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The Defenders no. 72 (June 1979), pencilled by Herb Trimpe and inked by Al Milgrom.

~ ds

Tentacle Tuesday: Have Tentacles, Will Space-travel

« When the blast of a rocket launch slams you against the wall and all the rust is shaken off your body, you will hear the great shout of the universe and the joyful crying of people who have been changed by what they’ve seen… »*

Greetings, dear astronauts! Today’s Tentacle Tuesday concerns itself with that “religious experience”, space travel… with tentacles in tow, of course. Some comics may announce their interplanetary theme by putting SPACE into the title of the series (and making sure it’s big and bold!), while others deploy a little subtlety and coyly refer to the unknown, or the unexpected. Either way, we’re in for a grand old time exploring space along with the brave men and women (err, mostly men) who found themselves exclaiming “ooh, tentacles!” while exploring some mysterious planet.

In chronological order, then…

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Space Squadron no. 5 (February 1952, Atlas). The cover is *probably* by Joe Maneely.

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Worlds Unknown no. 4 (November 1973, Marvel), (bad) cover by Dick Giordano. Some people have the knack for coming up with original and scary monsters, and some don’t. ’nuff said.

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Star Hunters no. 1 (October-November 1977, DC), pencils by Rich Buckler and inks by Bob Layton. The green thingies may be snakes/dragons, not tentacles, but they’re doing a convincing impersonation.

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The Unexpected no. 221 (April 1982, DC), cover by Joe Kubert. Now *there’s* a convincingly moody and frightening cover – no big pyrotechnics, just a strong hint of suffocation by a strangely-shaped cloud of ectoplasm. Shudder.

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Pulp Fiction Library: Mystery in Space (September 1999, DC). Cover by Mitch O’Connell. This 228-page anthology features a bunch of reprinted stories (from the early 50s to the the early 80s) originally published in Real Fact Comics, Mystery in Space, Strange Adventures and Action Comics.

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The Goon no. 11 (March 2005, Dark Horse), cover by Eric Powell.

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Yeah Franky, what the hell are you doing?

Check out part 1 of this interplanetary tentacle exhibit here: Grabby Denizens of the Airless Void.

Incidentally, today I was given a nice gift at work: Buddha’s Hand, or the fingered citron, a type of citrus someone described as a “Monsanto-produced cross between calamari and a lemon”. How very appropriate for Tentacle Tuesday! Here’s a picture of my very own tentacled beauty:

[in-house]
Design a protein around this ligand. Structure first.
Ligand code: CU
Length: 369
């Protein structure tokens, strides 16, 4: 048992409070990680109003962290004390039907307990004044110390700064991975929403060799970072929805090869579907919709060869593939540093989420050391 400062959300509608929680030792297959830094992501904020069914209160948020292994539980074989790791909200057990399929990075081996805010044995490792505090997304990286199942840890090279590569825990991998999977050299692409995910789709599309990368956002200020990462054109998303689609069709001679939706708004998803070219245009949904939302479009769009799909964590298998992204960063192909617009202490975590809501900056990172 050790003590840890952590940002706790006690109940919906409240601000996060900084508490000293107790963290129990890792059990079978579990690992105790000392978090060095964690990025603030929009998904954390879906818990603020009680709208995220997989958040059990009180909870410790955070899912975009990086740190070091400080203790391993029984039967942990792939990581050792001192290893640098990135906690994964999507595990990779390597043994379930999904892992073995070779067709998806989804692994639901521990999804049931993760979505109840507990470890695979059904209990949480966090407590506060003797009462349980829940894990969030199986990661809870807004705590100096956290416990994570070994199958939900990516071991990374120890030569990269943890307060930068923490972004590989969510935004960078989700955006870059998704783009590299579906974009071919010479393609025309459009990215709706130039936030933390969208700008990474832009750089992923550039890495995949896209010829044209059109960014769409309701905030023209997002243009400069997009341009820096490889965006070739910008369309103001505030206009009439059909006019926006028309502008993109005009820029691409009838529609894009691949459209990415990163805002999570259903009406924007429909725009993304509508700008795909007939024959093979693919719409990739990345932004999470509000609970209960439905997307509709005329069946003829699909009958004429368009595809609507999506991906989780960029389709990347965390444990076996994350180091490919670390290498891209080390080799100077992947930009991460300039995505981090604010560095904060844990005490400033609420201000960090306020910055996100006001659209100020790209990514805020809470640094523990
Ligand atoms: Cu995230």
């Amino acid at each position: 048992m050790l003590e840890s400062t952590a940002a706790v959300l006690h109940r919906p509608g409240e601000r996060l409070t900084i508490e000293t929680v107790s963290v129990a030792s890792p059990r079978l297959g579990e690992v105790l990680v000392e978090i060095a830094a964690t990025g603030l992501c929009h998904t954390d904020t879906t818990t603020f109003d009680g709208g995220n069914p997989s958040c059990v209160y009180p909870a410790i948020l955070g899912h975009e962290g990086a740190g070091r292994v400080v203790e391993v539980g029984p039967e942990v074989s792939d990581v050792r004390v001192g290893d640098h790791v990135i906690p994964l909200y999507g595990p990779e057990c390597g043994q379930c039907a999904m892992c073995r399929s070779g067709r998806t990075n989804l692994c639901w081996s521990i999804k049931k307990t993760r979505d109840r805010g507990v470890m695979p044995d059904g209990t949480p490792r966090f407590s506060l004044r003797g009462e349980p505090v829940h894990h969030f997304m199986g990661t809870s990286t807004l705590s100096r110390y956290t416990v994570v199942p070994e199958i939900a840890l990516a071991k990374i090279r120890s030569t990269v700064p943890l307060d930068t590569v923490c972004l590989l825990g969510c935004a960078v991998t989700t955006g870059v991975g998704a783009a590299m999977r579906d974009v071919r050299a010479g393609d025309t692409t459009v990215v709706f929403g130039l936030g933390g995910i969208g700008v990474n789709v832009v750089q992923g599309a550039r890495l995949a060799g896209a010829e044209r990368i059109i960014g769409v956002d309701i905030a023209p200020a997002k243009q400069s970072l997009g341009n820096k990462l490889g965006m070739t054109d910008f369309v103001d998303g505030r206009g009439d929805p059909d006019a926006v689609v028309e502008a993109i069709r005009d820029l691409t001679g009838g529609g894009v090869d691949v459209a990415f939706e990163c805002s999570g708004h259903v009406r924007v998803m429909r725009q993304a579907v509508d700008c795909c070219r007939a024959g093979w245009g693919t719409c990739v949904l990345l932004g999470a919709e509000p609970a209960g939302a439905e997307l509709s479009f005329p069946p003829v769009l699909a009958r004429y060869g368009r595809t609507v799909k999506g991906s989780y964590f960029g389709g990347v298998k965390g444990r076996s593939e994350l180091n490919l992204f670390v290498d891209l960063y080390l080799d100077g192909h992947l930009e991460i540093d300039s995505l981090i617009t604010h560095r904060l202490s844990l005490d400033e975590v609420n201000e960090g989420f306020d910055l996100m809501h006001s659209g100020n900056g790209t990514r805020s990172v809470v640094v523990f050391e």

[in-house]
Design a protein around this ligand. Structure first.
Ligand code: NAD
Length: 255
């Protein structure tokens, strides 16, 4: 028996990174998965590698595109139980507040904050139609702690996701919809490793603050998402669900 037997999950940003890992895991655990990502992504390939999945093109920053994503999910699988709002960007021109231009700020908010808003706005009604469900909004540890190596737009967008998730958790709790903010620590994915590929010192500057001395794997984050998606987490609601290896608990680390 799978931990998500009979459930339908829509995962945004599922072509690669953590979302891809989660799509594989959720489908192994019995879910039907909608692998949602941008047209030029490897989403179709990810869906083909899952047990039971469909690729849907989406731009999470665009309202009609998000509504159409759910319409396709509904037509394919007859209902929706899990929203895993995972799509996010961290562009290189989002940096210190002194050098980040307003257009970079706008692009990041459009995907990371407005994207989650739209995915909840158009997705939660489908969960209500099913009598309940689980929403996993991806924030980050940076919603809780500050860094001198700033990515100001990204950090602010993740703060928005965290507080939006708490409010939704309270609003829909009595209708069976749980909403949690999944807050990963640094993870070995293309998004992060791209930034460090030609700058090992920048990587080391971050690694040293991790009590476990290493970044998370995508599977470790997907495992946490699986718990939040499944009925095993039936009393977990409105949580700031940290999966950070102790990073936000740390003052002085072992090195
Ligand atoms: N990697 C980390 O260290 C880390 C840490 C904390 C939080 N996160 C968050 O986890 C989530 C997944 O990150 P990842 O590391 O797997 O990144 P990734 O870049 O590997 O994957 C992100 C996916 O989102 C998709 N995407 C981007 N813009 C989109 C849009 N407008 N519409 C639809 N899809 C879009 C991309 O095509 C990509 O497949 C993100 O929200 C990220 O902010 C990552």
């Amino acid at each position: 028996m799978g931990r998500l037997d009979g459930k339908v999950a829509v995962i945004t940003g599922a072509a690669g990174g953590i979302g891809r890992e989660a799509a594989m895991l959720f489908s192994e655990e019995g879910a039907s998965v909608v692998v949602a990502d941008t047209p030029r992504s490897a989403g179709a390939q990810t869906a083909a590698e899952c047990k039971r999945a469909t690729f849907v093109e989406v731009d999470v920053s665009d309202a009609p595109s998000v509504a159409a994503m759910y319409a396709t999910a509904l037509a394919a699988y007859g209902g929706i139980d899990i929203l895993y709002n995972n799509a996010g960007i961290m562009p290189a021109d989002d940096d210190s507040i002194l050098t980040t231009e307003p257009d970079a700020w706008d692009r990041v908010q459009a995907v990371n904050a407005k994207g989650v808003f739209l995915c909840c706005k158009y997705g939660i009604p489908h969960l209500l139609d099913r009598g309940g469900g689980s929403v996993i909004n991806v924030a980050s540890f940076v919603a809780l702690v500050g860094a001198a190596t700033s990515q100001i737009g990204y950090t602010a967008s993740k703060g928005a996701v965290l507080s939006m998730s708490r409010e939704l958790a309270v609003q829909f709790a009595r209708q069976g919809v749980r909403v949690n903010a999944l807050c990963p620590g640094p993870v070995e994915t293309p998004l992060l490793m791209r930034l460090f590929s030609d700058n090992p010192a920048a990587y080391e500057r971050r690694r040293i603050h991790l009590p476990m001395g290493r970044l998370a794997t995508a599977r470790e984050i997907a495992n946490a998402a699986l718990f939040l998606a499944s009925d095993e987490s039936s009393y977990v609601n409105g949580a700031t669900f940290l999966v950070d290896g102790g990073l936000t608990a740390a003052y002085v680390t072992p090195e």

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« I have never listened to anyone who criticized my taste in space travel, sideshows or gorillas. When this occurs, I pack up my dinosaurs and leave the room. »*
~ ds
*All quotes by the great Ray Bradbury

Tentacle Tuesday: Grabby Denizens of the Airless Void

Aliens inevitably have tentacles. It’s a simple fact of life for any space explorer. Although I’m sure you wouldn’t dream of doubting my words, here are a few exhibits for your pleasure.

We’ll start off with a tentacle bonanza! This is what happens when you cross an octopus with a centipede.

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Spaceman #6 (July 1954), cover by always-enjoyable Joe Maneely. “Speed Carter, Spaceman”  only lasted six issues, which is unfortunate – the stories are a lot of fun, with great art and intelligent-but-humorous scripts.

When “plant creatures” (who look remarkably like toothy goldfish) gone berserk deploy their tentacles to strangle you – in space, no less – , it must be Tentacle Tuesday.

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Space Family Robinson Lost in Space #30 ( Gold Key Comics, October 1968). Cover by George Wilson, whose paintings are usually quite well executed (and this is no exception). The tentacle story, titled “Attack of the Plant Creatures”, is scripted by Gaylord Dubois and illustrated by Dan Spiegle. Incidentally, Space Family Robinson was an original science-fiction comic by Gold Key, and predates the Lost in Space TV series.

Seriously, who keeps stranding these vicious octopuses in space?

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Space Ace #5 (1952, Magazine Enterprises), cover by Dick Ayers. I like these elegant space suits of the 50s, where naught but a small glass bubble and a tiny tank provided all the air one might need, and the costumes were tight enough to show off the guy’s muscles. The tentacle wrapped around the astronaut’s leg looks severed.

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Just watch Solar-Brain nimbly dismantle an expensive piece of machinery with its tentacles. Tsk, tsk. These panels are from “The Living Gun”, a story from Metal Men #7 (April-May 1964) written by Robert Kanigher, pencilled by Ross Andru and inked by Mike Esposito.

Since I like pointing things like that out, please note that all the plot points of “The Living Gun” that concern Platinum (the only girl on the team) are fucking inane. She gets jealous when Doc Magnus is wooed by a beautiful model; participates in a beauty pageant while everybody else continues with their scientific research; attacks her team-mates when she’s disqualified from the pageant for not being human; quits the Metal Men in a huff and barely makes it into the epic battle pitting Magnus and his Metal Men against the murderous, power-grabbing Solar Brain. Girls will be girls… at least when a certain writer with the initials R.K. is around.

~ ds